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Lighter Coal Regulations May Mean More Covid-19 Deaths

Originally published at http://www.commondreams.org/views/2020/12/13/lighter-coal-regulations-may-mean-more-covid-19-deaths

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Time to ditch burning things as a source of energy. So stone age. Need to hold Biden true to his promises. He seems to be a decent man but too easily swayed by more conservative elements in his party. On the right path but need to excellorate. Do what you can on the state and local levels. Also on the consumer level. Get an electric vehicle if it fits your needs and budget. Switch your electric provider to one with a green portfolio (wind and solar). Let your local utility become a pass through for clean electricity, every kilowatt-hour you use from green sources is that much less they have to burn coal or nat gaz (or split atoms). I suggested that environmental groups help defer the costs of installing solar panels on low income homes. Grid Alternatives does this. Also suggested they pay three months of electricity for a household if they agree to switch to a green provider. We got to be all on board.

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Addressing emission standards, pollution, and environmental protections are not abstract chess moves that may or may not help at some point in the distant future. They are necessities now.

Teachable moments courtesy of a novel coronavirus, indeed. Writing from California, there’s nothing abstract about the Climate Catastrophe in 2020, when 4 million acres – 4% of our land – went up (including my brother’s house – in fact, my brother’s whole town of Berry Creek).

California’s course through USA’s national Covid trajectory is coming full circle this December. The earliest cases we know of appeared just south of me in Santa Clara County, then it seemed for awhile California was managing better than most of the country. No more. Our digest of Johns Hopkins positivity (a metric most favored for its consistent foreshadowing), with momentum refactored into the ranking, now has California in 14th place, exploding more quickly than any other state’s outbreak.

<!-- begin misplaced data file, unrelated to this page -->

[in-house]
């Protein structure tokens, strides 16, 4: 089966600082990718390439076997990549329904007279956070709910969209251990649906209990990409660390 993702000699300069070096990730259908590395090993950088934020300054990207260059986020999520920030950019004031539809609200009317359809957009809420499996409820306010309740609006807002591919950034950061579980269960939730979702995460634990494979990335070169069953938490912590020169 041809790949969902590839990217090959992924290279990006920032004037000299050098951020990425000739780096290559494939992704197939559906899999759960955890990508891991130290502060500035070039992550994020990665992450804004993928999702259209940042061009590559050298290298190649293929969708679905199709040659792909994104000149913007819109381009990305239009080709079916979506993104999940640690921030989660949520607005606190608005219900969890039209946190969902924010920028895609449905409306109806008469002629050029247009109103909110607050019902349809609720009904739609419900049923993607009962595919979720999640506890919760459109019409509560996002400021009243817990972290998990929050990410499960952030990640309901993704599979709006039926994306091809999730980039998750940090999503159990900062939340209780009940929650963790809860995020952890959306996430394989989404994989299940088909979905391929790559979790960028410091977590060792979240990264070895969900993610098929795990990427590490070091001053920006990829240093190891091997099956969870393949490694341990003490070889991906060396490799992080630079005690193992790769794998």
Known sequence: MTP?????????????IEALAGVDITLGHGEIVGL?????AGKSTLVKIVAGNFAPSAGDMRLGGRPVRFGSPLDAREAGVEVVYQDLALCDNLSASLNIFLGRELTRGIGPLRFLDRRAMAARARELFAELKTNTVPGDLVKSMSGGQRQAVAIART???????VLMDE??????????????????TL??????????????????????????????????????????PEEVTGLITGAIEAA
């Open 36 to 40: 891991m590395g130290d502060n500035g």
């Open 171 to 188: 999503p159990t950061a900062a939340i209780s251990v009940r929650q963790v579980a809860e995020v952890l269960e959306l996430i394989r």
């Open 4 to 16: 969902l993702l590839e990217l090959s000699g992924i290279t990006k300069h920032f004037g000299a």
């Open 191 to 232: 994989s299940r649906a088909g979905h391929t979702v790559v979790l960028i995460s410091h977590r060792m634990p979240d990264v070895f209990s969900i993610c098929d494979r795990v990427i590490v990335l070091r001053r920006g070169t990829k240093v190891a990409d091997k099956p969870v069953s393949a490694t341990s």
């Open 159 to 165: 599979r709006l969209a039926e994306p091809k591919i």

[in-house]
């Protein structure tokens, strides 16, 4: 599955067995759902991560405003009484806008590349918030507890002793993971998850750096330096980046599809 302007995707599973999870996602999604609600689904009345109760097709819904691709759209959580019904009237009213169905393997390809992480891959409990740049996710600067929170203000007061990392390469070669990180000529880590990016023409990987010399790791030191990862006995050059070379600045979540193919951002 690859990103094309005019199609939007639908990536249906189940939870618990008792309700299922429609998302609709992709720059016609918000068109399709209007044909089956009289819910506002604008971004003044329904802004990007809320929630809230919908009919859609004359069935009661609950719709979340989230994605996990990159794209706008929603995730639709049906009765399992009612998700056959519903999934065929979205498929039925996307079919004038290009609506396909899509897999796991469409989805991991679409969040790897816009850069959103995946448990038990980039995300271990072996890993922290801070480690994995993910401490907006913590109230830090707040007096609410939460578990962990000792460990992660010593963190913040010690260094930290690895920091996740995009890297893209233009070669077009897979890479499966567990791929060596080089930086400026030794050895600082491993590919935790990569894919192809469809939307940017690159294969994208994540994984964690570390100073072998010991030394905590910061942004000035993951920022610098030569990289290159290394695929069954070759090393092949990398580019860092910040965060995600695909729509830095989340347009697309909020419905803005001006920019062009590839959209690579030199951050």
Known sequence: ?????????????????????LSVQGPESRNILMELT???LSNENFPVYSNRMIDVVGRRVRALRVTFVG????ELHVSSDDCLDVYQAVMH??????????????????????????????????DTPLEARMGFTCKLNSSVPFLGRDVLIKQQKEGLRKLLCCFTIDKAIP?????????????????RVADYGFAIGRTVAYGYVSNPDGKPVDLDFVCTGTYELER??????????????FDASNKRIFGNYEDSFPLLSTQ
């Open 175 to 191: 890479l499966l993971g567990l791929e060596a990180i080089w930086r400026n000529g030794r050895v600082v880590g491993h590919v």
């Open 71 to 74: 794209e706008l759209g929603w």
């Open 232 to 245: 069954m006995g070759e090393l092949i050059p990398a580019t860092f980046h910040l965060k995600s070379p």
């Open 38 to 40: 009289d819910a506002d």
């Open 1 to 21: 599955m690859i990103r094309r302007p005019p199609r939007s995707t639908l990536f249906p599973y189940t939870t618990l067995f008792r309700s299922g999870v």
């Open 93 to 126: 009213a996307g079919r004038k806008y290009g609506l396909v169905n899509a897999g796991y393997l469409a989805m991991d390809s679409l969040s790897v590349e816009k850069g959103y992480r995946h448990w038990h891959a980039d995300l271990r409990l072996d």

Ranking is momentum-based on Johns Hopkins’ test-positivity factored with “per-capita newcases” & “immediate mortality” – the ratio of totals on hand for deaths and cases.

>                        JH       per-capita     immed
>                    positivity    newcases    mortality
>                        %            %            %
>  1. Idaho             51.5         80.6         1.05
>  2. Alabama           36.3         59.2         1.04
>  3. Pennsylvania      34.5         63.5         1.45
>  4. South Dakota      44.7        106.3         2.38
>  5. Kansas            38.7         87.5         1.21
>  6. Mississippi       24.2         56.1         1.45
> --- ---------------------- ------------ ------------
>  7. Ohio              18.0         84.4         0.64
>  8. Tennessee         17.7         75.8         1.10
>  9. Iowa              39.8         79.9         1.92
> 10. Nevada            17.5         76.7         0.98
> 11. Utah              18.9         90.3         0.42
> 12. Arizona           17.2         66.7         0.82
> 13. Kentucky          14.2         68.7         0.62
> 14. California         9.3         51.7         0.52
> 15. Indiana           12.5         93.6         1.07
> 16. Arkansas          15.4         63.7         1.49
> 17. Rhode Island       7.5         98.8         0.92
> 18. New Mexico        14.2         89.0         1.32
> 19. Montana           17.0         89.0         1.21
> 20. Delaware           8.7         64.1         0.50
> 21. Missouri          18.5         64.1         1.08
> 22. New Hampshire      9.8         45.5         0.64
> 23. Oklahoma          15.7         74.3         0.67
> 24. South Carolina    11.1         40.9         0.99
> 25. Wisconsin         13.4         85.6         1.13
> 26. Minnesota         10.5         97.6         0.99
> 27. West Virginia      8.3         60.1         1.38
> 28. Texas             13.4         41.5         1.32
> 29. New Jersey         9.9         49.9         1.01
> 30. Colorado           9.9         78.1         1.15
> --- ---------------------- ------------ ------------
> 31. Alaska             6.3         84.6         0.49
> 32. North Dakota      10.4        118.8         1.77
> 33. Nebraska          11.4         89.8         1.21
> 34. Connecticut        6.4         60.6         1.07
> 35. North Carolina     9.7         43.2         0.82
> 36. Michigan          10.9         66.2         1.59
> 37. Wyoming           14.3         99.9         1.16
> 38. Georgia           11.6         40.7         0.92
> 39. Illinois           9.6         78.2         1.53
> 40. Louisiana          9.1         48.1         1.08
> 41. Virginia          10.8         34.2         0.80
> 42. Massachusetts      5.0         54.2         1.02
> 43. Florida            8.5         40.4         0.97
> 44. New York           4.5         40.0         0.70
> 45. Maryland           5.9         41.0         1.22
> 46. D.C.               3.6         30.3         0.94
> --- ---------------------- ------------ ------------
> 47. Maine              3.6         19.5         1.32
> 48. Vermont            2.0         16.1         1.40
> 49. Washington        12.3         35.6         0.66
> 50. Oregon             6.4         31.4         1.10
> --- ---------------------- ------------ ------------
> 51. Hawaii             2.1          7.2         1.57
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Finally, South Dakota is out of first place, wishing them all wellness and those on reservations some peace from the deluge.

It is raining here in CA, and I think the last two fires are just reburns. I think some 600 thousand people left the state. What pussies. Elon Musk went to Texas, go figure.